Why You Can’t Ring Bell of “High Striker” (Feb, 1935)

Why You Can’t Ring Bell of “High Striker”

Ringing the bell of the “high striker” at the county fair appears to be easy when the operator, frequently a small man, tries it. On the other hand strong men find it difficult. The explanation is simple. At some fairs, the machine is “fixed” so that the operator controls the tension of the wire on which the counter block rides. If the wire is tight, the counter block slides freely to the top of the machine, but if the wire is slightly slack, it vibrates sufficiently to retard the progress of the block. The vibration is set up by the player’s mallet striking the trip arm. A trick lever, sometimes hidden under a loose board in the platform at the side of the machine, may be depressed by the operator by standing on the loose board. By depressing this lever, the showman forces a steel pin against the bottom bracket holding the guide wire. This causes the bracket to bend slightly and reduces some of the tension of the wire. Thus, the operator may control the play permitting the bell to be rung or preventing a strong man from ringing it.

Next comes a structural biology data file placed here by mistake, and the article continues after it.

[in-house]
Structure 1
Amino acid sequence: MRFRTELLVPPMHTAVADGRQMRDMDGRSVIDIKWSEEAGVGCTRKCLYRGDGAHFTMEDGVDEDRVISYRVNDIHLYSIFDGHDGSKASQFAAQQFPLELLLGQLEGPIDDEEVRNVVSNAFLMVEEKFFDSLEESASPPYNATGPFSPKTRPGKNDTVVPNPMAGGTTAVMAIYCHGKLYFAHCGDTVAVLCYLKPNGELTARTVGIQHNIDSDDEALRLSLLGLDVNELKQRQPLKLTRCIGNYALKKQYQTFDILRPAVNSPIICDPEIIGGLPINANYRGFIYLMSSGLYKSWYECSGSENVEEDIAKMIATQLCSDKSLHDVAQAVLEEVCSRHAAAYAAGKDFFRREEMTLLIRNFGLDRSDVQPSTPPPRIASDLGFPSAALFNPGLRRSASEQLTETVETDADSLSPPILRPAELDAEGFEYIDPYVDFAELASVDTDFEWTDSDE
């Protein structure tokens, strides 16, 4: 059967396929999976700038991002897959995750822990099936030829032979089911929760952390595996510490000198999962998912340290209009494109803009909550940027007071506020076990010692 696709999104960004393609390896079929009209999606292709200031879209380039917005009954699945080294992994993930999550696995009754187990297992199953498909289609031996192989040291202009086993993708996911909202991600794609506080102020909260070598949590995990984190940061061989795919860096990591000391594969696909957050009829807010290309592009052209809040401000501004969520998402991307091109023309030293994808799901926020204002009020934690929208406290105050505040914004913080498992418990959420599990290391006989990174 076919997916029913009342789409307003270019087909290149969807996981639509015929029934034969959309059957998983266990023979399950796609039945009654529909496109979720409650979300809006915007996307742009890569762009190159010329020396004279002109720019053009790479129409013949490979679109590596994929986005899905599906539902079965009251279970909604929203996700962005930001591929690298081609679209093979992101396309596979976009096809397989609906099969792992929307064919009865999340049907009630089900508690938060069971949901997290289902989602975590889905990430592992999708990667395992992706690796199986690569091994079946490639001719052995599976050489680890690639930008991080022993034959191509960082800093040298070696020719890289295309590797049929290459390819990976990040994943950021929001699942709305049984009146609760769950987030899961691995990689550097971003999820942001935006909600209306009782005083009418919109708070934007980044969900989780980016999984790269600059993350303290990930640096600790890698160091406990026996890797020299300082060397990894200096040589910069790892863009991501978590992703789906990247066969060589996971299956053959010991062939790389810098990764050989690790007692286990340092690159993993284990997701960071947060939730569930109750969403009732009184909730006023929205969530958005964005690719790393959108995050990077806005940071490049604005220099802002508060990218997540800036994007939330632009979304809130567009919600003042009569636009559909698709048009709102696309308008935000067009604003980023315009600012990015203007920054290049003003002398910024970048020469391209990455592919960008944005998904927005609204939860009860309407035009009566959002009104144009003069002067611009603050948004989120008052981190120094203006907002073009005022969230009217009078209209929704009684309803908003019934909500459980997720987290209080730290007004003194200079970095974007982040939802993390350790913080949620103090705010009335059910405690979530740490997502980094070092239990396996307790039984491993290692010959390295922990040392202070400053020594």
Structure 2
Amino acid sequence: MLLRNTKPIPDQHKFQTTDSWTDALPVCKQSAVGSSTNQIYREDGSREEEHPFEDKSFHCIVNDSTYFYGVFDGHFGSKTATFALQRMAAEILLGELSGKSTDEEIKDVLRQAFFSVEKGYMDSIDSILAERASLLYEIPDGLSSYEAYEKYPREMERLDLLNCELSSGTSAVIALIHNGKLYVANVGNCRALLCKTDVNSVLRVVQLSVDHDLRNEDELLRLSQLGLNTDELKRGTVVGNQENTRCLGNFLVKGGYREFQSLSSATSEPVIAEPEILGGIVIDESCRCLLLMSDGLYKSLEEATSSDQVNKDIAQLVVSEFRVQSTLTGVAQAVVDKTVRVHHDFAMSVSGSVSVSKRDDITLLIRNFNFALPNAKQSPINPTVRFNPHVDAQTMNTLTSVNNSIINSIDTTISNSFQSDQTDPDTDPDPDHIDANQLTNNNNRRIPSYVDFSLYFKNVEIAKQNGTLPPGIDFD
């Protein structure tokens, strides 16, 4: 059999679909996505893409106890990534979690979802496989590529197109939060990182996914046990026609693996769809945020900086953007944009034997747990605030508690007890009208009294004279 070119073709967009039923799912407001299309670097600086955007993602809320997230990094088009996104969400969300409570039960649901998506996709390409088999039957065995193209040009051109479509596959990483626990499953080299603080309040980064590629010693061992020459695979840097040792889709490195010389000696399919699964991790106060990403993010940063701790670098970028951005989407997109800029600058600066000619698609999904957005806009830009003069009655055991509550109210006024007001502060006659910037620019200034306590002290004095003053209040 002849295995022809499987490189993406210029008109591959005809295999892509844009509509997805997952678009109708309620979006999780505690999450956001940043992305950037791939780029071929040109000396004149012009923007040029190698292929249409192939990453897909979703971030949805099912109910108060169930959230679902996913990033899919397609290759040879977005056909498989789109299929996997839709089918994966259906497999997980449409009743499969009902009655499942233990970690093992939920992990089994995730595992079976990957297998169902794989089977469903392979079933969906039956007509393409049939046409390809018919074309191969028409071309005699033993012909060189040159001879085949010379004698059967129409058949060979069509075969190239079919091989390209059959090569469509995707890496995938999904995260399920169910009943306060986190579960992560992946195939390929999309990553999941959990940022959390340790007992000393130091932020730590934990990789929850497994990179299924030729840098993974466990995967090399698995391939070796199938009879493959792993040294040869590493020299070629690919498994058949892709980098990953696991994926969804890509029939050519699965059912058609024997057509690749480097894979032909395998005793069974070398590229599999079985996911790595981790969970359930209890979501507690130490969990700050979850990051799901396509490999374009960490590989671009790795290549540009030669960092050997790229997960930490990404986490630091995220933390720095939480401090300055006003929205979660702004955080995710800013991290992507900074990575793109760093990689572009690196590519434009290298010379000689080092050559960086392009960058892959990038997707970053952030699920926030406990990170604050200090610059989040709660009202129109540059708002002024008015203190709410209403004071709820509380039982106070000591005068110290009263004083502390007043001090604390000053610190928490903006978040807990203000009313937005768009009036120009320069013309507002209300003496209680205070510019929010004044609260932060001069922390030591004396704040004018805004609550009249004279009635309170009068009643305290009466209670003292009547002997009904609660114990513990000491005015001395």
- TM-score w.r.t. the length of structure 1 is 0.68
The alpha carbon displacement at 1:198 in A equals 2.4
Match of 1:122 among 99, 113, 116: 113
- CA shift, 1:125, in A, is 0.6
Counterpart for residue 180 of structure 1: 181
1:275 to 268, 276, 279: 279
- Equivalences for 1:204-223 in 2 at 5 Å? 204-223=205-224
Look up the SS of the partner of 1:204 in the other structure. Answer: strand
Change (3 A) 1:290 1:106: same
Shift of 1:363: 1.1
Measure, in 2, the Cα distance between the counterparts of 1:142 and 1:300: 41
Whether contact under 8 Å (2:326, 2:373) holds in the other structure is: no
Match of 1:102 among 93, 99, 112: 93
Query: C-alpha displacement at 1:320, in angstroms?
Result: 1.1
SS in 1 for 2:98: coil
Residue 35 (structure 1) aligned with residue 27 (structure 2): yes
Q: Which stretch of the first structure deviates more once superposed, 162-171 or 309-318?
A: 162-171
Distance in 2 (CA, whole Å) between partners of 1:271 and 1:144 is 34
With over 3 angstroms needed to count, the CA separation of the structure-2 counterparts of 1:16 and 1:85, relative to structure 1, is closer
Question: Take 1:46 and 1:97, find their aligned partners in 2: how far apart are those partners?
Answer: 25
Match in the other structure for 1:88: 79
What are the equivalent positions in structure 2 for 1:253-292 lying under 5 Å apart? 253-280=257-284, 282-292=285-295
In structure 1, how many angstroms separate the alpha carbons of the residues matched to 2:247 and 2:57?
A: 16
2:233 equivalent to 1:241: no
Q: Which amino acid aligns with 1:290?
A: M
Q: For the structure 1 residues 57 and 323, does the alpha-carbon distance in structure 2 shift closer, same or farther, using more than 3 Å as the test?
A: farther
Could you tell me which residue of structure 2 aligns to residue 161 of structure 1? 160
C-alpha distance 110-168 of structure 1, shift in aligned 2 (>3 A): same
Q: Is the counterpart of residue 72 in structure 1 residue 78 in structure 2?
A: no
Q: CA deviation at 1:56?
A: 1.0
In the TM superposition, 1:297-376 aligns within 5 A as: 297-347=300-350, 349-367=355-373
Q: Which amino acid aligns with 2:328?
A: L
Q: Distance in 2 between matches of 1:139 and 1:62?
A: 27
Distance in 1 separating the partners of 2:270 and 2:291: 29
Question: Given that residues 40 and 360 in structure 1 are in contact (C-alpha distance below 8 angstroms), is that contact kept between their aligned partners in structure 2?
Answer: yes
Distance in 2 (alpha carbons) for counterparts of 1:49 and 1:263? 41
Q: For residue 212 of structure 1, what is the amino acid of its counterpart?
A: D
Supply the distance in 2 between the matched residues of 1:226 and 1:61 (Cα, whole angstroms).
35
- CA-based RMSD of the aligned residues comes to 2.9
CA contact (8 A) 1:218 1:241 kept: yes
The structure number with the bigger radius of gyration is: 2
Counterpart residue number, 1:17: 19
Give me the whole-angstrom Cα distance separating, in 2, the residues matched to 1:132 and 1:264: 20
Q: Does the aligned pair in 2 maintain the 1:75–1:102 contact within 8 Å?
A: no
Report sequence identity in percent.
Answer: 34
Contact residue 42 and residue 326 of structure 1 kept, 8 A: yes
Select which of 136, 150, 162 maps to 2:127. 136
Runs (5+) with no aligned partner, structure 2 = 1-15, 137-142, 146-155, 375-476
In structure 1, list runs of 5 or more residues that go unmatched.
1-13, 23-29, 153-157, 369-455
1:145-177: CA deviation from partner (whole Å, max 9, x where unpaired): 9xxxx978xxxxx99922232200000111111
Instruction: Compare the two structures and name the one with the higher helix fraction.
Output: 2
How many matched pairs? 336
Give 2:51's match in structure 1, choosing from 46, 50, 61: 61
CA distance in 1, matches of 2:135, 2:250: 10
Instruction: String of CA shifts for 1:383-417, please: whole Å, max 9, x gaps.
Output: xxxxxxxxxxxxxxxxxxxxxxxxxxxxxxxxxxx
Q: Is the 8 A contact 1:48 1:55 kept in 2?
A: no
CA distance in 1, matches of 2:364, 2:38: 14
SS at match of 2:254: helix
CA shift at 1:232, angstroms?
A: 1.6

1. 4868 says: October 23, 20076:35 am


  2. 4868 says: October 23, 20076:36 am

    these arent real comments… they are computer generated.

  3. 4868 says: October 23, 20076:37 am

    dont you have something better to do?

  4. […] attraction was a fixture in the carnivals and theme-parks of yore, until the 1930s when Popular Mechanics revealed most of them were “fixed.” Hustling he-men aside, the reason highstrikers were so […]

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